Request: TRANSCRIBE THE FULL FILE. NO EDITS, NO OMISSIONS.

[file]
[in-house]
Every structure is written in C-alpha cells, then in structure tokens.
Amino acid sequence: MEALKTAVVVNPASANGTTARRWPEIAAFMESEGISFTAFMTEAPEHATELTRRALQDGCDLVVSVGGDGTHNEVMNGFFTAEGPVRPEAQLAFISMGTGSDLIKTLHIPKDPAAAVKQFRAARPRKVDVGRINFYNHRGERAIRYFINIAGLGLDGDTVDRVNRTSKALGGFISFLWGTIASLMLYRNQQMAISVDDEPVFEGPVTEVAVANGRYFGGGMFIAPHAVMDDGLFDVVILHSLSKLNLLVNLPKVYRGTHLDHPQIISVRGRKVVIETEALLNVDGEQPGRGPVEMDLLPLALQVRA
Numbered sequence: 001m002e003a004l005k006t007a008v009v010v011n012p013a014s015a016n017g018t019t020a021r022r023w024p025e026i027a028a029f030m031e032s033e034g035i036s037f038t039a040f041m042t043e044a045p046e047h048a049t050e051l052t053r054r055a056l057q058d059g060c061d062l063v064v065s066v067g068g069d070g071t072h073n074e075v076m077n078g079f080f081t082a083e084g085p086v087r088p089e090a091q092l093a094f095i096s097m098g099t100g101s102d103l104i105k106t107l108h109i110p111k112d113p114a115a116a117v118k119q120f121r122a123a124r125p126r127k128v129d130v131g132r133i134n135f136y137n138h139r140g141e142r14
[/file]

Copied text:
[in-house]
Every structure is written in C-alpha cells, then in structure tokens.
Amino acid sequence: MEALKTAVVVNPASANGTTARRWPEIAAFMESEGISFTAFMTEAPEHATELTRRALQDGCDLVVSVGGDGTHNEVMNGFFTAEGPVRPEAQLAFISMGTGSDLIKTLHIPKDPAAAVKQFRAARPRKVDVGRINFYNHRGERAIRYFINIAGLGLDGDTVDRVNRTSKALGGFISFLWGTIASLMLYRNQQMAISVDDEPVFEGPVTEVAVANGRYFGGGMFIAPHAVMDDGLFDVVILHSLSKLNLLVNLPKVYRGTHLDHPQIISVRGRKVVIETEALLNVDGEQPGRGPVEMDLLPLALQVRA
Numbered sequence: 001m002e003a004l005k006t007a008v009v010v011n012p013a014s015a016n017g018t019t020a021r022r023w024p025e026i027a028a029f030m031e032s033e034g035i036s037f038t039a040f041m042t043e044a045p046e047h048a049t050e051l052t053r054r055a056l057q058d059g060c061d062l063v064v065s066v067g068g069d070g071t072h073n074e075v076m077n078g079f080f081t082a083e084g085p086v087r088p089e090a091q092l093a094f095i096s097m098g099t100g101s102d103l104i105k106t107l108h109i110p111k112d113p114a115a116a117v118k119q120f121r122a123a124r125p126r127k128v129d130v131g132r133i134n135f136y137n138h139r140g141e142r14